Try to surround yourself with more positive people who believe in you. Changing your environment really helps, if it is possible. I've been through this before, and I can't lie, it is a tough thing to go through, especially since what they say will always be a nagging thought at the back of your head whenever you fail. You need to find people who believe in you and support you, as well as do something you have a passion in.
  14. May 6, 2015 #13
    Well, I think it is important to have a rough idea of your limits before starting. I.e., It may not be wise to jump into a calculus course if you don't yet know precalc algebra and trig.
  15. May 6, 2015 #14
    I felt the exact same way when I had to take material sciences, dynamics, and thermodynamics this semester, given that I'm not in mechanical or chemical engineering. However, you're going to have to force yourself to get excited about this content. Look in the mirror and tell yourself you enjoy it. (It works best for me).

    I don't know much about academic research, but perhaps it is possible to talk to someone who is an expert in this field?
  16. May 6, 2015 #15


    Staff: Mentor

    Nice insight.

    It mirrors the same problems researchers in all fields have when breaking new ground. They often have no one to turn to, doubt their results and struggle to verify things before publishing so in a sense the self-learning exercise prepares you for the real world where you will have to self learn difficult things to solve difficult problems in novel ways.
  17. May 6, 2015 #16
    A...freaking...men. Well said, and welcome, since it so aptly describes my own experience.
  18. May 6, 2015 #17
    And it's nice to know it's a shared one...
  19. May 6, 2015 #18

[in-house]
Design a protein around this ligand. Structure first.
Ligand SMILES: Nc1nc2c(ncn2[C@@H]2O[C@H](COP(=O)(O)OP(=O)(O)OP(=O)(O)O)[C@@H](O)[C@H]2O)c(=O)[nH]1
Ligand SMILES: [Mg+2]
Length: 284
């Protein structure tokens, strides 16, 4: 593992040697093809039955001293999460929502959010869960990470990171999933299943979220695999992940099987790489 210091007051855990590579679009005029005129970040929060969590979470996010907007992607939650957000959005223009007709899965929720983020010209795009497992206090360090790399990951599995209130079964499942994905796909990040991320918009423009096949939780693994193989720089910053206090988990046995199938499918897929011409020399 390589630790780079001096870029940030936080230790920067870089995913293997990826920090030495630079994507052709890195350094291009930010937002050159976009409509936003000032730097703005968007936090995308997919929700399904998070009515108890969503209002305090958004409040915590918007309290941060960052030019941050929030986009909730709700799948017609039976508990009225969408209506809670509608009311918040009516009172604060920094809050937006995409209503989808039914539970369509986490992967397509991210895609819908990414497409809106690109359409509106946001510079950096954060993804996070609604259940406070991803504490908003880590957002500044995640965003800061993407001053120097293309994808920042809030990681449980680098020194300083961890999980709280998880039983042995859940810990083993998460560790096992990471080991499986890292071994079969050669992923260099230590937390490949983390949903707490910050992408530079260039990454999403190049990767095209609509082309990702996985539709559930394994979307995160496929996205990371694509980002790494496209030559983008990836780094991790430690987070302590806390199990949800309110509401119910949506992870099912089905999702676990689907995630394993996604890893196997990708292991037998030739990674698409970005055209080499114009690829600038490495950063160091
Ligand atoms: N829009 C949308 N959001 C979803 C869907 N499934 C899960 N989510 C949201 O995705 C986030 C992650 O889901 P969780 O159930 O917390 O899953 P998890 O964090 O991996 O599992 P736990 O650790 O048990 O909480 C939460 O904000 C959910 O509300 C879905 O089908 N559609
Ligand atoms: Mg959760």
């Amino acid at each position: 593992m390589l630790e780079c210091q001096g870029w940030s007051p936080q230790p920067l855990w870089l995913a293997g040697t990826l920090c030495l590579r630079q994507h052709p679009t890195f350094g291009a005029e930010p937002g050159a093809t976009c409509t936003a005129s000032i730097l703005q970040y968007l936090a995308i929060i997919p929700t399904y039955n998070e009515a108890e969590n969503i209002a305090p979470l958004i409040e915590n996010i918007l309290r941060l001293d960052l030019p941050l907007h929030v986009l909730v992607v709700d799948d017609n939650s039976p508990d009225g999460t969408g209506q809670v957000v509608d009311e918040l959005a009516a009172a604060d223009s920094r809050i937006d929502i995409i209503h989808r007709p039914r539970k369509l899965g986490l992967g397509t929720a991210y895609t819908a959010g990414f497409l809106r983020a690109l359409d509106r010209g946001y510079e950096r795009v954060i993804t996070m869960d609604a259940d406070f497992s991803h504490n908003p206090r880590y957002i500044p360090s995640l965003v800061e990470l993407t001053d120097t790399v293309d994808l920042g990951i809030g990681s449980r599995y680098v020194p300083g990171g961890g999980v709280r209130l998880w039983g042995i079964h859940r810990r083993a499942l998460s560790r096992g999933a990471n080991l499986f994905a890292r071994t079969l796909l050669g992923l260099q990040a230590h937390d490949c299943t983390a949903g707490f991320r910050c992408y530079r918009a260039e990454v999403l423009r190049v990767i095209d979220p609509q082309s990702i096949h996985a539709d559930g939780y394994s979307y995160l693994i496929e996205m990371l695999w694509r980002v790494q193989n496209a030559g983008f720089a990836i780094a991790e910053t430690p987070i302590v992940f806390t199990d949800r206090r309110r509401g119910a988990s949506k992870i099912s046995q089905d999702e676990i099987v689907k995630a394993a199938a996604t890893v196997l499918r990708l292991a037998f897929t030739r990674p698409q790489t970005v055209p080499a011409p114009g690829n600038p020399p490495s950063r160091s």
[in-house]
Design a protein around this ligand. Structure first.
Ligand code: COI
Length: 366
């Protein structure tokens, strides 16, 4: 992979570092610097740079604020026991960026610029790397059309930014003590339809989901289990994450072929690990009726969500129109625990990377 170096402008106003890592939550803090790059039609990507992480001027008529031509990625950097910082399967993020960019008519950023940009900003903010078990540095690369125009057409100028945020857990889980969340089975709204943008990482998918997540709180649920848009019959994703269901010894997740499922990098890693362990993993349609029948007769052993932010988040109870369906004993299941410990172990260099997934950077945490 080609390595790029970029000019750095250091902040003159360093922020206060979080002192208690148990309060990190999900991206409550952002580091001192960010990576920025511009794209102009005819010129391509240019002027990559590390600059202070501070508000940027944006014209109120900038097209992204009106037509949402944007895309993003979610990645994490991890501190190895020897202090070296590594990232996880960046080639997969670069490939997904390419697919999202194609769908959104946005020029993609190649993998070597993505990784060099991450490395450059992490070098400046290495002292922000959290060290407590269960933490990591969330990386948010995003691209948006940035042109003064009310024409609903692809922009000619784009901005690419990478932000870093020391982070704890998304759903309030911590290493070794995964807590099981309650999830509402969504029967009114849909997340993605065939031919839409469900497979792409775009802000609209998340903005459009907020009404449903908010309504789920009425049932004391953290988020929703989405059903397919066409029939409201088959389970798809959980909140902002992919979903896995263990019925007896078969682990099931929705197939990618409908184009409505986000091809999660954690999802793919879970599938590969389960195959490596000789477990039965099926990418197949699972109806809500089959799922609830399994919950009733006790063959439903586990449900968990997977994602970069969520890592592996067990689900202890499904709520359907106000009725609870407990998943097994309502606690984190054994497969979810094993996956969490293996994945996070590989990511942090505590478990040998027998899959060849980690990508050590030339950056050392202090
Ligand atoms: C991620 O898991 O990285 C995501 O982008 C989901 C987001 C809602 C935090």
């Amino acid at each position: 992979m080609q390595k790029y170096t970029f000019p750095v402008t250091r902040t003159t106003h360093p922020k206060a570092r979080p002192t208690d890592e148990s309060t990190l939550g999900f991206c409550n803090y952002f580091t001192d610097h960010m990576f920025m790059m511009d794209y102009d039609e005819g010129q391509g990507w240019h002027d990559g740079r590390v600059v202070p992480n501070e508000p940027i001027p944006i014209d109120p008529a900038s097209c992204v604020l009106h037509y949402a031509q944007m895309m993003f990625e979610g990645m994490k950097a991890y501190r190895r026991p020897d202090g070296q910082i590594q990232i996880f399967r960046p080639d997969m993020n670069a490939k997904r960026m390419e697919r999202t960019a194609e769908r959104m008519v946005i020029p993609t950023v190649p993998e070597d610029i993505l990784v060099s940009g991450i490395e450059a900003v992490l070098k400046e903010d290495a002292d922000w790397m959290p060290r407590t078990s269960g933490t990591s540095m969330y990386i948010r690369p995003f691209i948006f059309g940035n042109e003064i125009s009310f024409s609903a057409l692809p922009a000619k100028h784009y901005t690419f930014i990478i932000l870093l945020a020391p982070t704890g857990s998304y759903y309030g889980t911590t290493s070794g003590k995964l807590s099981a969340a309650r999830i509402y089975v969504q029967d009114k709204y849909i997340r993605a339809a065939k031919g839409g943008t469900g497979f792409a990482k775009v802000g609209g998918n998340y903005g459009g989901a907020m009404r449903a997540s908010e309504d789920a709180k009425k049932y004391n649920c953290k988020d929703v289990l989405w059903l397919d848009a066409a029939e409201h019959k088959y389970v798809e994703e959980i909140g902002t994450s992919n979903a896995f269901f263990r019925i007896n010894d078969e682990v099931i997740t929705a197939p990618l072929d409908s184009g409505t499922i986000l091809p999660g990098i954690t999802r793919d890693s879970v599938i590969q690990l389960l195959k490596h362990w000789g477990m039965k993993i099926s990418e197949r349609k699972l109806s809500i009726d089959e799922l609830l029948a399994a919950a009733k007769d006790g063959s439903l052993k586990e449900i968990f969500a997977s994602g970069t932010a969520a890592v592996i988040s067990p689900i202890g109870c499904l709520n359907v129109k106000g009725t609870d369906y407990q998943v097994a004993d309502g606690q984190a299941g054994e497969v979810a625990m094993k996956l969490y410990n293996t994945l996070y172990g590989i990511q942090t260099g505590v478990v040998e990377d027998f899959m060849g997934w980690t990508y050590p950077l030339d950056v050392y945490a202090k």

Yes, my new academic counsellor (I was too proud, too bull-headed, and too stupid to ask for any help from anybody as an undergraduate, which was a serious mistake) and I are trying to devise ways of me getting uninterrupted sleep. I think I might just have found a formula.

    I've noticed my productivity is generally better. And it's like a muscle-as you train it, you'll need less, though never none.
  20. May 6, 2015 #19
    That's a tough one, but if necessary, simply change who you hang out with.
  21. May 10, 2015 #20
    Unfortunately, you need strong self-discipline to get studying stuff you don't have any interest it. My shocking lack of self control has meant I have probably sabotaged my first year at uni.
  22. Apr 14, 2016 #21
    That was very useful !I would plan to do so many things for my vacation like learning a programming language,master high school math and science (I just completed my middle school ).But I would end up spending most of my time learning science since I love it more that math and computer science.
    The lack of interest was as you said "self doubt" I think I should dive into this freaking math and master it before my vacation ends so that I could crack my medical entrance !
  23. Apr 14, 2016 #22


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    I'm not saying it's describes me perfectly, but it describes me perfectly.